Despite advances, concerns about drilling’s impacts remain

As proud as WPX Energy is of its role in helping get 10,000 wells producing natural gas in Garfield County, it’s prouder yet of its work to reduce associated surface disturbance, local district manager Steve Soychak says.

Both WPX and the region’s other largest natural gas producer, Encana USA, can point to a long list of operational advances they say have benefited area residents, wildlife and the environment.

“We realize we’re going to have impacts. That’s the nature of the business we’re in,” said Encana spokesman Doug Hock. “But we try to minimize those as much as possible.”

Still, in the view of some local critics, companies’ efforts still fall well short of what’s needed to adequately protect people living in drilling country. And the kind of debate that has accompanied local natural gas development for years has expanded to many other parts of the state and nation as drilling has spread to new areas, thanks in part to the same hydraulic fracturing that has made it economical locally.

Vince Matthews, who recently retired as the Colorado state geologist, sees the opposition as being more fervent in places other than the Piceance, which he said could be one factor working in the Piceance’s favor as companies decide where to drill.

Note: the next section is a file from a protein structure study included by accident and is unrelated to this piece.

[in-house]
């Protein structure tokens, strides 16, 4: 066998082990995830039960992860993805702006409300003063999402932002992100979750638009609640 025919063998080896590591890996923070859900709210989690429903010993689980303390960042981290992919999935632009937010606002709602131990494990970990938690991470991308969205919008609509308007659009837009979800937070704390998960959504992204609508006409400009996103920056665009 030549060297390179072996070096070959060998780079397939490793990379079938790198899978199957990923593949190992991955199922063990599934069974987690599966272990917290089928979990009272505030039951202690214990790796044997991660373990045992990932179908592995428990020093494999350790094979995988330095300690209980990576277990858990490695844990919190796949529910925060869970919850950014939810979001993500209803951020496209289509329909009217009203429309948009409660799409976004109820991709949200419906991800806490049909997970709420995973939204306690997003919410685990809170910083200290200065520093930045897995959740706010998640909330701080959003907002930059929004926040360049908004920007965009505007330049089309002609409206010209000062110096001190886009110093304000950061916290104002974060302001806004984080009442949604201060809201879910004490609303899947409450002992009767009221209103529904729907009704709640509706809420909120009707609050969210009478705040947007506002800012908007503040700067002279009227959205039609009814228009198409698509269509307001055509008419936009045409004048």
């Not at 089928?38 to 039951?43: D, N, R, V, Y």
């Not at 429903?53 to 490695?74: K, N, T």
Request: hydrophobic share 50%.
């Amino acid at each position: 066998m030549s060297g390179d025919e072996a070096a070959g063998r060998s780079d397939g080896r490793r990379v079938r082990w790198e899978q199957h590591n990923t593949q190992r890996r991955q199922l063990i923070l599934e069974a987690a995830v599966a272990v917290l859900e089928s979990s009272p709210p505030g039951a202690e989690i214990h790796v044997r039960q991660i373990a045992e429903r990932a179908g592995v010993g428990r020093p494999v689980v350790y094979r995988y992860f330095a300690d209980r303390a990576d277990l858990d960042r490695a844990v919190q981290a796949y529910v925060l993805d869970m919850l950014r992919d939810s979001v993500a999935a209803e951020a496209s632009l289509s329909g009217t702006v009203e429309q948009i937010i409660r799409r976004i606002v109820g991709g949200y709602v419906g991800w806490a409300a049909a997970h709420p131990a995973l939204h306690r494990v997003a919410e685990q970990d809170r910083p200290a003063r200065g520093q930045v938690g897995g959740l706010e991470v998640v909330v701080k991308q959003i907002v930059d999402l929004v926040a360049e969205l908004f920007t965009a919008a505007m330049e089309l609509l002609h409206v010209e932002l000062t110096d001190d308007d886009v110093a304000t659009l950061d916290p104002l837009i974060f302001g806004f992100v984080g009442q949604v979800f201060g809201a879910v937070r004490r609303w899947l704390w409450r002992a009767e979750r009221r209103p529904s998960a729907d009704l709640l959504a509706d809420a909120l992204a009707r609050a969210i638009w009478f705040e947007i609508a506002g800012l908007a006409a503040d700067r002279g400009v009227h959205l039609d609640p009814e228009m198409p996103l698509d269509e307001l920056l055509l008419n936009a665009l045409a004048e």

“There’s tremendous opposition right now on the Front Range regarding drilling of oil and gas,” he said.

He noted the calls there for banning fracking — as in a recent measure approved by Longmont voters and being challenged by the industry in court. A ban on fracking is essentially a ban on drilling because there essentially are no more conventional, non-fracked wells to be drilled, he said.

But while voters never have considered fracking bans in the Piceance Basin, concerns about gas development here have persisted since its early days.

Matt Sura began working with the Western Colorado Congress citizens group in 1996, helped start the affiliated Grand Valley Citizens Alliance in Garfield County in 1998 and is now an attorney who does work for both groups. He said it’s true that companies like WPX and Encana have come a long way in their efforts to reduce impacts.

But he said that unfortunately, “they learned on the backs of residents of Garfield County” who endured many impacts when drilling boomed and a lot of mitigations had yet to be put in place.

“I think the rest of the state has benefited from some of what the industry has learned,” he said.

Even today, some county residents complain of health-related, traffic and other impacts, and their complaints are gaining a new audience among those who live in places still new to drilling.

They also took their concerns to the Colorado Oil and Gas Conservation Commission during its recent hearings, leading to its decision to adopt new setback rules aimed at better buffering occupied buildings from drilling operations.

One of them, Karen Trulove, talked of suffering burning eyes, respiratory symptoms and other maladies she believes resulted from air pollutants related to drilling south of Silt. She managed to sell her house and leave the area for Glenwood Springs just before the real estate market crashed.

“I feel for the people that are not able to move,” she told the commission.